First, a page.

40 Foot

40 Foot

The 40 Foot July 2009 Is this Ireland's most famous swimming spot? Dubliners probably think it is. Immortalised in James Joyce's Ulysses (although we can't recall ever seeing snot green se there) and loved by generations of the city's swimmers, the Forty Foot is a Dublin institution. For most of its time the Forty Foot was a men only spot, where the male of the species could strip off in peace without being bothered. Eventually that changed (was it 15-20 years ago?) and now men and women, young and old, swim there, although there is a secluded part around the side where men still congregate and women rarely venture. The entrance still has the men only sign, but this is just a left over from a thankfully forgotten era. The great advantage of the Forty Foot is its depth, so you can always jump in even at low tide. It's a great place to swim, with its clean deep waters. While people dive in from the nearby rocks it is dangerous and you should  heed the many warning signs which are obviously there for a reason. This is, of course, a place for year round swimmers and in the depth of a freezing winter all you are allowed to admit to is the water being 'a bit nippy'; wimps need not apply. Although we must admit to being envious on a recent winter visit where a swimmer emptied his hot water bottle over himself after his icy dip.  It is also the place where hundreds of people congregate on Christmas Day for an annual plunge. The whole area is nicely maintained, with a changing area, and is a great credit to the Sandycove Bathers Association who keep it so well. The 40 Foot is accessible for buggies, but there are a few steps which prevent wheelchairs. Directions  View Larger Map The best way to travel from Dublin city is by DART getting off at the Sandycove / Glasthule stop. From there it's a 10- 15 minute walk and directions will be easily got.   [...]

Vico Road

Vico Road

Vico Road, Dalkey July 2009 The trick with this swimming spot is to find it, so keep a close eye out and follow the directions below. Variously known as 'the Vico', 'the Ramps' and Hawk Cliff (which is what the sign at the spot says). This is a small swimming spot, not as famous as its Forty Foot neighbour down the road, but a place which has its fair share of devotees. There are handrails and a ladder which lead you into the fresh clear sea and as you swim you could be anywhere. There is also a small seawater pool which you can get a dip in if the sea is too choppy. A small sheltered area can be huddled into when it rains. When the sun shines and you look across at the white, sun drenched row of millionaire houses on Sorrento terrace just remember that the sea is free. Take heed of the No Diving signs which are there for a reason. Unfortunately, not accessible. Directions  View Larger Map Dalkey is about 10 kilometres from Dublin city .   The best way to access this spot from Dublin is on the DART getting off at Dalkey station. From there find or ask your way to Sorrento Road and Vico Road. At the end of Sorrento turn right onto Vico and its a few minutes walk to the entrance. Watch out for a small gap in the wall which leads you down a path and over a railway bridge. About 10 - 15 minutes walk from the station.   [...]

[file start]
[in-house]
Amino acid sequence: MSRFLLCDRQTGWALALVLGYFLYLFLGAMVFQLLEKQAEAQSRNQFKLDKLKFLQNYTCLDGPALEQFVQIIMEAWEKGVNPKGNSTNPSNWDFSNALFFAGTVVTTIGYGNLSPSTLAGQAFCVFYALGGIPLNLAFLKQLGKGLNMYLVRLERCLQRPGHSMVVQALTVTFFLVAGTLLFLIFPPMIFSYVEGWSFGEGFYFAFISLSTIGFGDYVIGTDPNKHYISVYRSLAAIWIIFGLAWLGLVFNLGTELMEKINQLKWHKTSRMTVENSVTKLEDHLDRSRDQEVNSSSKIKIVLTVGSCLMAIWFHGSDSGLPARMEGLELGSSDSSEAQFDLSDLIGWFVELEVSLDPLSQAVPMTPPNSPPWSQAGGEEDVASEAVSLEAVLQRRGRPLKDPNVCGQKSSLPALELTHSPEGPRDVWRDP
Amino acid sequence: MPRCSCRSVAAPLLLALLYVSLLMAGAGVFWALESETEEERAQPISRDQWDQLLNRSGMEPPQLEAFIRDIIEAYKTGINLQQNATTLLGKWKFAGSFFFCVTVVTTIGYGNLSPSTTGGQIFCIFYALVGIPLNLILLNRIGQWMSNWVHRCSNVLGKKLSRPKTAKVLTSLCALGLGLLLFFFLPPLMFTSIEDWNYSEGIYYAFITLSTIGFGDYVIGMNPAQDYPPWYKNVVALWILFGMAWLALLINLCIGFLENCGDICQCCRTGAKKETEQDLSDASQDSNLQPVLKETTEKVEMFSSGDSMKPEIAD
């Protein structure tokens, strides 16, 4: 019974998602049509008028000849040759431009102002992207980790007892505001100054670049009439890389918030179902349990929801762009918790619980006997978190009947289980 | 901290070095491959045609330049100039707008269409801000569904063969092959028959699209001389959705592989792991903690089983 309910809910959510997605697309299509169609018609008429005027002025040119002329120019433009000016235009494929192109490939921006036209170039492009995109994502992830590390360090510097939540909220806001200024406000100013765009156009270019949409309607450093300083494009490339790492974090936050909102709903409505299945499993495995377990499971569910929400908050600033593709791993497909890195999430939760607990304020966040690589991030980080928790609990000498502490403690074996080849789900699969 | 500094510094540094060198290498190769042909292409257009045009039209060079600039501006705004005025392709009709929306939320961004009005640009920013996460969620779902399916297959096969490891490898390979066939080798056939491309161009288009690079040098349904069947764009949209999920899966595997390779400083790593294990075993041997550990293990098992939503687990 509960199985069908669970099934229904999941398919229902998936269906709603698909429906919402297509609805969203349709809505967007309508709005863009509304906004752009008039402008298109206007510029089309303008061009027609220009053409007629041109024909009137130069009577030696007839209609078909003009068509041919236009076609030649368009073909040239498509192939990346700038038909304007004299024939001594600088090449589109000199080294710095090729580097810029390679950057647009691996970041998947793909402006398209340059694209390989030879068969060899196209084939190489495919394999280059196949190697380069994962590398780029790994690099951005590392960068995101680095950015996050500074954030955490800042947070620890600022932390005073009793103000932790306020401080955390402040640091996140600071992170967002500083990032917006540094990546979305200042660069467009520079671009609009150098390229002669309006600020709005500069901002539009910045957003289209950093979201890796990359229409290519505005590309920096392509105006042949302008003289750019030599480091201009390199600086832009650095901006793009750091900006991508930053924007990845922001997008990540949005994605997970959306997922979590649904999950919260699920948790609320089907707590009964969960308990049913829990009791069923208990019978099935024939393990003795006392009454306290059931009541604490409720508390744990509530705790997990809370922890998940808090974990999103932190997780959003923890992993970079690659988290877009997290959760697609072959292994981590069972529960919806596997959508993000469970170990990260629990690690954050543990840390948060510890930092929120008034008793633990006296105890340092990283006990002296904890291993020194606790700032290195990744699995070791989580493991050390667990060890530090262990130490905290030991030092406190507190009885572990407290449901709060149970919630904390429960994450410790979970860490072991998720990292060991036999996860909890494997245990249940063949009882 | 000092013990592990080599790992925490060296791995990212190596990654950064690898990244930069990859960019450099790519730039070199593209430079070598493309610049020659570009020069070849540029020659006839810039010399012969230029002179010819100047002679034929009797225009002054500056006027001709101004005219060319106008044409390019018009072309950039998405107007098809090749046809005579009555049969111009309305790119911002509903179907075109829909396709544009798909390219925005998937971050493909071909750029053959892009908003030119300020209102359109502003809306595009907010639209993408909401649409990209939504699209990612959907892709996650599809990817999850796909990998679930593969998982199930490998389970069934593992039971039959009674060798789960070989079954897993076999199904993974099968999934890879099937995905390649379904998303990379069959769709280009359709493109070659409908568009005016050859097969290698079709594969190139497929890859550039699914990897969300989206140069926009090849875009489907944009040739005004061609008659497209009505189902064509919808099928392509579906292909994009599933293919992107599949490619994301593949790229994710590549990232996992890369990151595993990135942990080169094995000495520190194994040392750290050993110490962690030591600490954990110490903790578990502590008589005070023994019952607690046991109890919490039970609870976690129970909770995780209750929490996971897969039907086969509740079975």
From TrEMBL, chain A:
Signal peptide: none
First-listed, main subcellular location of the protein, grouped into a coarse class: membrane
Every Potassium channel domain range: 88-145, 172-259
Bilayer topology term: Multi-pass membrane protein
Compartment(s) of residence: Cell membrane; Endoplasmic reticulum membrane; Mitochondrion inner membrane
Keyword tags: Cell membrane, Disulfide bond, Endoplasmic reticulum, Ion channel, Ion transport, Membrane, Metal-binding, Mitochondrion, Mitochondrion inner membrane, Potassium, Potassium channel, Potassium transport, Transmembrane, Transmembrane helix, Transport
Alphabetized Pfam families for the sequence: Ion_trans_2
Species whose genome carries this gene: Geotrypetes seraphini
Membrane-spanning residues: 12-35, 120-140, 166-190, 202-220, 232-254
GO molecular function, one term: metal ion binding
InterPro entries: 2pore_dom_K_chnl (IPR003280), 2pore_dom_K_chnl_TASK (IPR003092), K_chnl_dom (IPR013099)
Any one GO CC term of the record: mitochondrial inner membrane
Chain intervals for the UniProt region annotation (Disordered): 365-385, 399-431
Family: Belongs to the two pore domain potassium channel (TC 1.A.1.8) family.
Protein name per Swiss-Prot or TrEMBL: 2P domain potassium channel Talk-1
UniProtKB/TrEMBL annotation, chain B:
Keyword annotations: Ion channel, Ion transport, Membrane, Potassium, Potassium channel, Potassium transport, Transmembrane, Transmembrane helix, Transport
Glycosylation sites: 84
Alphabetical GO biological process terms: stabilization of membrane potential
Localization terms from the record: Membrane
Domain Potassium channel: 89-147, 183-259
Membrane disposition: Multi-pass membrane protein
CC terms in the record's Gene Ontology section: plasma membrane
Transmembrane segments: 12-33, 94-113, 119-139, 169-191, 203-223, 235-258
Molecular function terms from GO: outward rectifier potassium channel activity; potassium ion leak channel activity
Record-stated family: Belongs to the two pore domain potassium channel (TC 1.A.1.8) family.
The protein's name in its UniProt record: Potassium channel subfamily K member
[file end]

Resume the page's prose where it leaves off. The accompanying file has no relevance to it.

Donabate

Donabate

Donabate February & May 2010 Donabate is only about 15 miles from Dublin but still has a nice country feel to it. For many years it has been a   popular holiday spot for people from Dublin and beyond, with a number of caravan parks in the area.  There has, of course, been urban development but there is still plenty of green and the beach itself is backed onto by golf courses. Donabate has two beaches, a smaller one to the left which you access by walking around to the side of the hotel and the much bigger one to the right. If it's a quiet swim you are looking for the smaller one is the better bet. A few minutes walk from the hotel will bring   you to a decent sized beach with rocks to shelter in at either end. It's plenty big for children to play and there are some rock pools to explore. The water can be a bit choppy but good fun to play in. Beyond this beach there is also quite a good cliff walk which will take you into Portrane. The bigger beach is a wide expanse about 4/5 kilometres long. It's great for walking and there is loads of room to play and splash in the water. The further up the beach you go the quieter it gets and there are grassy dunes to shelter in. This can be a popular spot for windsurfers and canoeists.  Don't be put off or fooled by some of the rather dull photos here, which we took on a bad day earlier this year. As the other photos show Donabate can be a busy spot and it also gets the sun!  Even when it is busy if you are prepared to walk you will find space. Lifeguards are on duty during the summer months. There are very basic public toilets at the entrance to the beach. With a bit of effort the beach appears to be accessible. Directions  View Larger Map From Dublin city you take the M1 Belfast Road. You then take exit 4, R132, signposted Donabate and Rush. After negotiating a couple of roundabouts you get onto the R126 signposted Donabate and Portrane. This road takes you into Donabate where you cross over a railway bridge and take the first right signposted for golf clubs and the beach. Go straight to the end of this road where there is a public car park on your left just before the hotel. The beaches are to the left and right at the end of the road. Dublin Bus also serves Donabate village which will you leave you about a 25 minute walk to the beach ( see www.dublinbus.ie for details).   [...]